Fondly known as Ricky, Carlos Brathwaite is an international cricketer and an entrepreneur with a sharp perspective, a remarkable skill-set, & most importantly, a special connection with the people. Carlos has been playing cricket for several international, franchise, and domestic teams and today he shares his thoughts on mental fitness and how this relates to performance when turning sport into a career. Whether you’re looking to get back into routine, or are considering taking on some high level sport, this article might help you focus your mind and achieve your goals.
Mental fitness is the foundation for all your physical movements to be precise, efficient, and reliable. As a professional cricketer, I need to be mentally alert at all phases of play and decision-making.
The Flow State
The flow state (or “being in the zone”) is alertness and relaxation. Every one of us has come across a point in our lives when we became so engrossed in what we were doing that we forgot ourselves, our egos, our problems, and most importantly, all the tension in our bodies. Our focus had been so strong that it was palpable in the air, felt by our loved ones, and our teammates. This state of mind, state of being, is called the flow state and is a powerful tool when participating in high level sport.
Cricket is a sport where your reactions are tested to the maximum. Flow state is the ultimate level of mental fitness and alertness. The day you are truly relaxed in your body and fully present in your moment, you will watch your game transform drastically.
However, one point of caution I always add is this: to reach a point where your movements can become effortless, you need to practice the movements. This is the hard part that a lot of people want to avoid.
“I fear not the man who has practised 10,000 kicks once, but I fear the man who has practised one kick 10,000 times.” – Bruce Lee.
Things can take a turn very quickly in sports. As a former captain, I have had to practice keeping my mind calm and making efficient decisions. Also, I play as an all-rounder and cricket is a long sport with a lot of breaks. For me, keeping my mental fitness throughout the game is even more critical.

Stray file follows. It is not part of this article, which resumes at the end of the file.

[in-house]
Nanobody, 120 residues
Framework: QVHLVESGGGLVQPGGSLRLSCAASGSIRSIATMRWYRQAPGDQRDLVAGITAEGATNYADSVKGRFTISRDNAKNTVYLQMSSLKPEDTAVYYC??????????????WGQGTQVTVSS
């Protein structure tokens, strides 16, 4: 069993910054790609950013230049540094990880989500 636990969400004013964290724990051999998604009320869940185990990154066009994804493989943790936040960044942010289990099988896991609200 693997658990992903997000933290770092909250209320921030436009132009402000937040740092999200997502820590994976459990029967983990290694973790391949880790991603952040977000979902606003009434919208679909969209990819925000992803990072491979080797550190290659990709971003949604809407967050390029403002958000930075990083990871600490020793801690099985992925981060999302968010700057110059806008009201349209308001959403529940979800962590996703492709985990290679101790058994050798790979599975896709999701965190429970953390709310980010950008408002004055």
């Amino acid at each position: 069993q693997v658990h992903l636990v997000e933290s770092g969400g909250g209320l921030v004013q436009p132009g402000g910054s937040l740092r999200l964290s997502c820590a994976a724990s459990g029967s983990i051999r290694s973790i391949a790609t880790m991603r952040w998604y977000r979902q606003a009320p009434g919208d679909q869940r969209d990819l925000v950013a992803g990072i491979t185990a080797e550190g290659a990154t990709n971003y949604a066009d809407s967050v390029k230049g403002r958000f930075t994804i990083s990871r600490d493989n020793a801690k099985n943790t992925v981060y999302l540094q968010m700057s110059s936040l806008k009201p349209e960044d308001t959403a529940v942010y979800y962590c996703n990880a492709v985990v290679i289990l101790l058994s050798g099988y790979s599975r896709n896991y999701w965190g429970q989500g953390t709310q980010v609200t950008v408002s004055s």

Let me tell you what I do in my daily life to make sure that I stay mentally fit and running on the game day.
Mental fitness comes from physical fitness
The number one thing I focus on when I go on the pitch is checking if my body is relaxed; I want my muscles, my fibres, to be running freely. Tension will stop my power but any anger will turn in adrenaline and anxiety into limitless excitement when you are relaxed. Especially for high level sport, this control will prevent my physical abilities being hampered by my nerves or any distractions.
That state of mind is what I define mental fortitude as, after all I feel most alive when I am playing sports. But in physical fitness, it is crucial to build mental fortitude. Here’s how I manage it!
Sleep and Scheduling
For me, as a cricketer, my highest priority is taking care of my body. My body can only heal, repair, and rebuild itself in the night. In deep sleep, my body can repair.
I take sleep hygiene very seriously, and you should too if you wake up in the morning still feeling groggy and tired. Closing the curtains signals the start of my night, I do not use technology before sleep, and I do not consume caffeine in the later hours of the day. I make sure that the temperature in the room is ideal, there is absolutely no noise, and there is zero lighting in the room.
All the important gym work that I put in the day will become useless if I do not give my body enough deep sleep and protein to repair the muscle.
I realise that a lot of people will turn their heads away or roll their eyes at the very mention of meditation. They say it’s boring; I say you have not even been meditating!
I have practised meditation in the past. It is not boring. It (maybe) is just uncomfortable for you, at this moment in time. It can get deeply uncomfortable for me as well, but it’s not boring. Meditation is you being with yourself in the deepest way possible and truly connecting to your thoughts, feelings and needs. Are relaxing days on the beach or time spent curled up with a book not the same thing? I also cannot think of another activity more healing for your body, other than sleep.
In my personal experience, working on my mental fortitude has not just helped me in sports, but also in life. The match day is an experience that is packed with overwhelming emotions. If I am alert and relaxed, i.e. if I am present in the moment, if I am flowing with the experience, I am surfing the wave of overwhelming emotions with ease.
In the flow state, you surf the wave. With tension, you crash against it and fall. I wish you all the best for whatever you are trying to achieve in your life, each one of you whether you’re a regular gym goer, prefer to stick to walks or want to take things as far as you can in high level sport.